Check your passports
You won’t be able to leave the country if your passport is no longer valid, so now’s the time to check the expiry date.
Your passport should be valid for at least the duration of your holiday. Some countries also insist on validity for six months from the date of travel. You can find further details on the government website.
You should also make sure that you have a biometric passport – with an embedded chip that contains your personal details – if you are travelling to the United States without a visa.
If you need to renew your passport and there are at least three weeks until the date of travel, you can apply in the usual way, either at the Post Office or online.
If you need a passport more urgently, there is a Premium one-day service or a Fast Track one-week service.
Do you have insurance?
Your dream holiday could quickly turn into a nightmare if you do not have appropriate travel insurance.
It’s a good idea to take out insurance as soon as you book your holiday in case you need to cancel before the date of travel, but it’s never too late.
Just make sure the policy includes your chosen destination and that the cover limits are appropriate.
It’s also important to declare any existing medical conditions, or you risk invalidating the cover so it would not pay out in the event of a claim.
MoneySuperMarket figures show that 12% of holidaymakers do not declare a medical condition and could end up forking-out thousands of pounds in the event of a claim.
Check in online
Many airlines these days encourage online check in, which is often quicker than checking in at the airport. Plus, you can usually select your seat.
Some airlines also charge a fee if you check in at the airport, so you will save money if you go online.
If you check in online you also get the chance to review the number of bags on your booking and add any more if necessary. Again, it is typically cheaper to check in bags online than at the airport.
Beware the baggage allowance
Rules on the number, weight and size of hold and cabin bags varies from airline to airline. But you could pay a high price if you don’t know the rules.
Many airlines, for example, charge extra if you exceed the weight allowance.
Book the airport car park
You will often pay a premium if you leave the car parking arrangements to the last minute. You might also have less choice over the car park – and the distance from the airport.
Motorists who plan in advance therefore usually bag the best deal.
Sort out your travel money
Don’t wait until you get to the airport to exchange your currency because the rates are usually poor.
With a bit of forward planning you should be able to find a better rate and so boost your holiday spending budget.
This is more important than ever given the recent weakness of sterling on the foreign exchange markets.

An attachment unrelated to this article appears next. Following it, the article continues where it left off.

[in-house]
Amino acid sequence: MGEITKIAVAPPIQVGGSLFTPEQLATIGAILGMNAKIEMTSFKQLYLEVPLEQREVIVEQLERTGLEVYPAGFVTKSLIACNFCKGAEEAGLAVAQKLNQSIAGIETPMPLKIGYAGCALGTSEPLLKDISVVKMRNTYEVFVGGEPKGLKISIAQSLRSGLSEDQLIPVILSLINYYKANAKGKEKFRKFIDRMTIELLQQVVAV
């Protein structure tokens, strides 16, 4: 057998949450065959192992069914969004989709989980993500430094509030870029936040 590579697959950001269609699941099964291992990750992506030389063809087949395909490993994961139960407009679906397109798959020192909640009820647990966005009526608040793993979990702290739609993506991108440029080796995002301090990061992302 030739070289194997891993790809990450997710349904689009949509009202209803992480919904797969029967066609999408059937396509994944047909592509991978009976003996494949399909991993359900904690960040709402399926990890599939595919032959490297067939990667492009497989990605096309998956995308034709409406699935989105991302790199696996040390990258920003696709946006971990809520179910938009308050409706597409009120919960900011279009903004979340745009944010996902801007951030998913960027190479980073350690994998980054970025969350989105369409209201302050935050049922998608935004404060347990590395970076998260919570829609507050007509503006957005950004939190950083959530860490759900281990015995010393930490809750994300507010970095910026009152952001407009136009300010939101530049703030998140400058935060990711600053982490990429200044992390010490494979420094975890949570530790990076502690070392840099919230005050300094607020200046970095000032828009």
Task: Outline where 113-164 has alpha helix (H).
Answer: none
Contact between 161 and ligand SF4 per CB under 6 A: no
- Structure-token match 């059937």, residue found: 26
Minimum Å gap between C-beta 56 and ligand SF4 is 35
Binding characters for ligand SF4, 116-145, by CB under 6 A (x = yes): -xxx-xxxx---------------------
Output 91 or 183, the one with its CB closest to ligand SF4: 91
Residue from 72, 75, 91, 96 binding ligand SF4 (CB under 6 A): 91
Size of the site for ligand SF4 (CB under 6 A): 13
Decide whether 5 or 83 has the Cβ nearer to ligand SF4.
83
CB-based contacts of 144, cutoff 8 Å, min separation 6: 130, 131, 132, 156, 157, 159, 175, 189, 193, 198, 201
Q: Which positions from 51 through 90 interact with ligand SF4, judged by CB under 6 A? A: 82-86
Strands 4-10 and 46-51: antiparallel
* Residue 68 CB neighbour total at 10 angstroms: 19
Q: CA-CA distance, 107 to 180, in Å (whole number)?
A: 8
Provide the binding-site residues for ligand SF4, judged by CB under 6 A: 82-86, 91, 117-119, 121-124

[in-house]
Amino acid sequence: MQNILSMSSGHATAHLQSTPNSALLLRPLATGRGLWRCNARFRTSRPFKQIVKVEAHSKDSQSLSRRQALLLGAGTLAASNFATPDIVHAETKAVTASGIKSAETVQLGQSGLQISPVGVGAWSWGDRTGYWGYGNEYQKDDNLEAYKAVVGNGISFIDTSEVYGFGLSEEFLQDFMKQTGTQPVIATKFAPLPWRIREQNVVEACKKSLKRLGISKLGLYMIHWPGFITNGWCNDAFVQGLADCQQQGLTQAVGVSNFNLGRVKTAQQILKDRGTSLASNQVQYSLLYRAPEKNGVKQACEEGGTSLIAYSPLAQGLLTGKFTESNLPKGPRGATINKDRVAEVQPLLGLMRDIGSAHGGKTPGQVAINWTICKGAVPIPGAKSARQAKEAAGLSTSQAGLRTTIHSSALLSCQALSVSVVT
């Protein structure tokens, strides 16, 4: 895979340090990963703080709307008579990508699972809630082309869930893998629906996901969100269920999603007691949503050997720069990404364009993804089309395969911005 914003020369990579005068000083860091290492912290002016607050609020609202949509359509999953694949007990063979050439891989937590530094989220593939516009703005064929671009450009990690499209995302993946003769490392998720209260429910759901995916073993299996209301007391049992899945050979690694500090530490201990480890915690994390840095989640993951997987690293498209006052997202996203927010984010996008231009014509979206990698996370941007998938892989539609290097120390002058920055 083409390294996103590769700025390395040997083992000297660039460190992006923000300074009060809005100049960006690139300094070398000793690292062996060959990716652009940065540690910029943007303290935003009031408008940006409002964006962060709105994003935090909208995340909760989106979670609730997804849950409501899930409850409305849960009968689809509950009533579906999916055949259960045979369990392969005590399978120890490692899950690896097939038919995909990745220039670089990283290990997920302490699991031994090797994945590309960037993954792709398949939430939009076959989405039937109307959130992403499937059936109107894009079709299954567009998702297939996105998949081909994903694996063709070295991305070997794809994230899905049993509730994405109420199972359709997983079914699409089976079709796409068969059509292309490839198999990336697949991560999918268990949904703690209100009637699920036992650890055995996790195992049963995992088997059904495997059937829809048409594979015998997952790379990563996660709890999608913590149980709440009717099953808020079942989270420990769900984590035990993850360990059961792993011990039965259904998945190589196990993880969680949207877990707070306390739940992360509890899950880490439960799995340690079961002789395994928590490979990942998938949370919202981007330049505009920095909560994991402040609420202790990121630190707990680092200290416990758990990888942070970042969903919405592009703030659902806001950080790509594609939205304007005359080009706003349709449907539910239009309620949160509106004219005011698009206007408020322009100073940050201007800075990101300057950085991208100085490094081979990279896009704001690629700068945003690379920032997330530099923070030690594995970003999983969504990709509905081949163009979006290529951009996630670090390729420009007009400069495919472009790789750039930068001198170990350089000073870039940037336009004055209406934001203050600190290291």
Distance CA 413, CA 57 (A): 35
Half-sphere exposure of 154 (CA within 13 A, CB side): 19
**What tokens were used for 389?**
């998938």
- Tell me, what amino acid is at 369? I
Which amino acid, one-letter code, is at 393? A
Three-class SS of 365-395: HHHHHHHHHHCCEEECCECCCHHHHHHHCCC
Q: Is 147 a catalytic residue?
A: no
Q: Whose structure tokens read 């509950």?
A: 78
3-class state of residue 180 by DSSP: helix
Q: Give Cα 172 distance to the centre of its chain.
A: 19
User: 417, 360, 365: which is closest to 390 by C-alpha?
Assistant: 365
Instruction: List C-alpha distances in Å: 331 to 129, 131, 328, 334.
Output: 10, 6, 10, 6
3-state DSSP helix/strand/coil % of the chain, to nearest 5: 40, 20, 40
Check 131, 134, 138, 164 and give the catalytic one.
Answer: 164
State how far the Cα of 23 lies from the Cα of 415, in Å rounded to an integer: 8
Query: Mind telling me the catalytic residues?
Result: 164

It’s also worth taking the time to choose the right debit or credit card for your holiday.
Or, check out one of the growing number of pre-paid cards, which can be useful if you want to lock into an exchange rate or stick to a holiday budget.
Hire a car
You don’t have to arrange car hire before you go, but it’s almost always cheaper than waiting until you arrive at your holiday destination.
If you’ve got time to search for a good deal, you could potentially save hundreds of pounds. You are also less likely to get caught out by restrictions on mileage and the number of drivers allowed.
Watch out, too, for extras such as car seats and firms that ask you to return the vehicle with an empty fuel tank as there are no refunds for any petrol still in the tank.
When you pick up the car, the car hire firm will probably offer excess waiver insurance, which covers the compulsory excess if the car is damaged or stolen, even if it’s not your fault.
More than a third of drivers (36%) buy an excess waiver policy from the rental car company, even though it costs up to 70% more than a specialist insurance policy bought in the UK, according to research by iCarhireinsurance.
So if you want excess waiver insurance, buy a standalone policy before you go.
Secure your home
You’ll probably do three or four trips around your home making sure you’ve locked all the doors and windows before you set off – and it’s worth thinking of other ways not to make your absence obvious.
Cancel any milk or vegetable deliveries and ask a neighbour to pick up any post so that it doesn’t collect in the letterbox or on the doorstep.
You could also ask a neighbour to park on your drive, if you have one. You can also buy automatic timer switches so the house looks occupied.
And don’t post your holiday details on social media before you go. Wait until you get back to upload your holiday snaps.
Please note: any rates or deals mentioned in this article were available at the time of writing. Click on a highlighted product and apply direct.